Paramus Catholic’s Tiffany Bautista jumps to “insane” heights at SMOC by Darren Cooper of The Record
COLUMBUS – Tiffany Bautista is a natural. What she did Saturday at the State Meet of Champions was supernatural.
The 16-year old Paramus Catholic junior won gold in the high jump, edging friend and Rutherford superstar Jenna Rogers. She won the triple jump without breaking much of a sweat, and she ran the anchor leg on the Paladins victorious 4×100 relay. Her last event of the day was the long jump, where she placed third.
Her three gold medals tied a meet record.
“It was a really hectic day,” said Bautista. “I didn’t know what was going to happen coming into today. I was real tired by the end, but it was great to go and do all my events today.”
“That was insane,” summed up Paramus Catholic coach Bryan Durango.
From a logistical standpoint, it was somewhat crazy. The high jump and the triple jump each started at 2 p.m. at Northern Burlington High School. Durango asked the judges if Bautista could do her triple jumps early, so she could compete at the high jump. Not a problem they said.
Bautista’s third jump in the triple jump came at 2:20 p.m. it was 40-feet-2 inches. No other competitor even came close, but she didn’t know that then, and she ran to the opposite end of the football field to compete in the high jump.
The finals in the triple jump were just getting started as Bautista was winning the high jump by clearing 5-foot-10. She came back to the triple jump pit, but just for a moment.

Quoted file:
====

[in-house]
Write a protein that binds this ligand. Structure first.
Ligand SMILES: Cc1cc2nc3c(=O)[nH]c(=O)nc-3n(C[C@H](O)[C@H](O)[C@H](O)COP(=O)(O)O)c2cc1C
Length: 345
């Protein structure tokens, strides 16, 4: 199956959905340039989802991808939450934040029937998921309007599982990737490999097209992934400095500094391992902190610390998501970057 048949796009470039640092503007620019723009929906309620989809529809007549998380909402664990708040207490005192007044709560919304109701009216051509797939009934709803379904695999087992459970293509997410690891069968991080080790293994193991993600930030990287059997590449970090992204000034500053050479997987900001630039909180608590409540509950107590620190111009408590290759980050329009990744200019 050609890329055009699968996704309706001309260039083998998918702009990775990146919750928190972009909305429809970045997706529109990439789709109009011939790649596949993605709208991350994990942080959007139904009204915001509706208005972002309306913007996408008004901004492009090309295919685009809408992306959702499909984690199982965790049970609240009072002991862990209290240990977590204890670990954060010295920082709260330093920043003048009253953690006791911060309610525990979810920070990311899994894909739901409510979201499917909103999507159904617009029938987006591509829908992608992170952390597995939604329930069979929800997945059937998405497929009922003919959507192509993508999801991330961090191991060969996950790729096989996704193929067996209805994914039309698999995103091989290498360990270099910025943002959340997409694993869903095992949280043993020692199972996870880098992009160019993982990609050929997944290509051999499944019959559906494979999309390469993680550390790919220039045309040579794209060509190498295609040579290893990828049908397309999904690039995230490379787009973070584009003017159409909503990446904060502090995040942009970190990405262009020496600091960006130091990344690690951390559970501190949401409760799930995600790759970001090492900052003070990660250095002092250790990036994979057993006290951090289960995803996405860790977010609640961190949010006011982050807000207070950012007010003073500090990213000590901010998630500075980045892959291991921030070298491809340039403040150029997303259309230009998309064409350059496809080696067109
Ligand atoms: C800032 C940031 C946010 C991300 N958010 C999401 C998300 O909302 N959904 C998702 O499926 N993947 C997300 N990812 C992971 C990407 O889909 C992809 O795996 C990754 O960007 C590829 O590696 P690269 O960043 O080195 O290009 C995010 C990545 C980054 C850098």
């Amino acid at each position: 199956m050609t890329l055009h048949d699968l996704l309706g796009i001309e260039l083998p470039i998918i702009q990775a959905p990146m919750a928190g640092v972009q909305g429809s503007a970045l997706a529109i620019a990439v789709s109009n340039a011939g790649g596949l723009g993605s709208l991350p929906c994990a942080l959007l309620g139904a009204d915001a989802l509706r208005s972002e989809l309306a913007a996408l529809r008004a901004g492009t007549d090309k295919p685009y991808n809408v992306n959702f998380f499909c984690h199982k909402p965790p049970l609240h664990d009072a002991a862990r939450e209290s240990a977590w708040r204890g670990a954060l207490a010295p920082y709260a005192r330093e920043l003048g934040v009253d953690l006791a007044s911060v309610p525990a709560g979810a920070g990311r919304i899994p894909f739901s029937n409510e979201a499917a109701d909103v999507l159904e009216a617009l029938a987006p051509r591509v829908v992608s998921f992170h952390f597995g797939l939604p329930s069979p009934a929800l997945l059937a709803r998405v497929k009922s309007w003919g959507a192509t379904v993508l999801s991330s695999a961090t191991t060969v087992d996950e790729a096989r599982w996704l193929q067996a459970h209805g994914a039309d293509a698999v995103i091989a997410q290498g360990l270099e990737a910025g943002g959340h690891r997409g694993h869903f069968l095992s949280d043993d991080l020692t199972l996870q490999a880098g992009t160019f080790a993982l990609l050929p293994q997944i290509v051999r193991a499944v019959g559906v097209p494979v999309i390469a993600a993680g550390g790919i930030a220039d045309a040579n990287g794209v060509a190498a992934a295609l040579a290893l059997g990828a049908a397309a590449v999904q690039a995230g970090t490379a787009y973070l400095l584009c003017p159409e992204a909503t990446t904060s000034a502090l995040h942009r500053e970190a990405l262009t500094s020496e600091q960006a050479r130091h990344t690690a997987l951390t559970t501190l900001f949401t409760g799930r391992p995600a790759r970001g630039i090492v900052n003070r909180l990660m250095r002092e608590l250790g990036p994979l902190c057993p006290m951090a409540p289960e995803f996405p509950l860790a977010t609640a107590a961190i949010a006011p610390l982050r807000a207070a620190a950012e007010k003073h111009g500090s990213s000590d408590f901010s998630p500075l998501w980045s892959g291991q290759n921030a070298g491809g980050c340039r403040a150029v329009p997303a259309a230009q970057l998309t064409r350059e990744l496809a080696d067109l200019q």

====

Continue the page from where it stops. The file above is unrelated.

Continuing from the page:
She had to put on her track shoes.
“I was biting my nails,” said Durango. “Because the 5-10 bar was going on and the 4x1s were going off. I was like, she’s not going to make it.”
Without even a leg stretch, Bautista took the stick at 3:56 p.m. and ran the Paladins to victory by .08 over Egg Harbor Township. Then she did one more token triple jump – she had already won. Then got a mini-break before the long jump.
“I think my favorite part of the day was us winning the 4×1, because coming in I didn’t know that we could hit that time, but our handoffs were clean,” said Bautista. “I almost fell to the ground at the end.”
In the long jump, Bautista was third going into the finals, but her jumps were growing shorter. On her last jump, she did a personal best 19-foot-2-and-a-half inches, but it wasn’t enough. Supernatural people get tired too.
“Yes, I’m pretty tired,” said Bautista with a smile. “I didn’t know this was going to happen, and doing it today has really been a dream.”
Durango identified Bautista as a natural talent when she showed up at Paramus Catholic. She had been a Level 10 gymnast, but had never done track – her brother Christian had competed in track. Durango made her a deal, two days a week practice track as a freshman.
Her best event at the time was the high jump. Durango said she cleared five feet on her first try. But then she jumped 35 feet in the triple jump and it was like, stop the clock, she focused on the triple.
“It really wasn’t until last week that we really thought she could go back to high jumping like she was,” said Durango.
“We don’t really even practice high jump,” said Bautista….the state champion in the high jump. “We mostly focus on the long jump and triple.”
Durango told a story that the first time they showed Bautista the hurdles, she took three steps in between the hurdles. He said she was only the second girl he ever coached who could do that right away.
Bautista was briefly upset after placing third in the long jump, but quickly cheered up. She did PR in the event after all, and she was not the favorite to win.
Bautista has given up gymnastics – she coaches little kids now in that sport. It was hard to balance school work, track practice and gymnastics practice. She’s going to stick with this track thing. It seems to fit her.
“This was by far the greatest performance I have ever seen,” said Durango. “To do this at such a high-level meet. She dominated. She didn’t miss in the high jump until six feet. She won the triple jump on her first jump. I never saw anything like it.”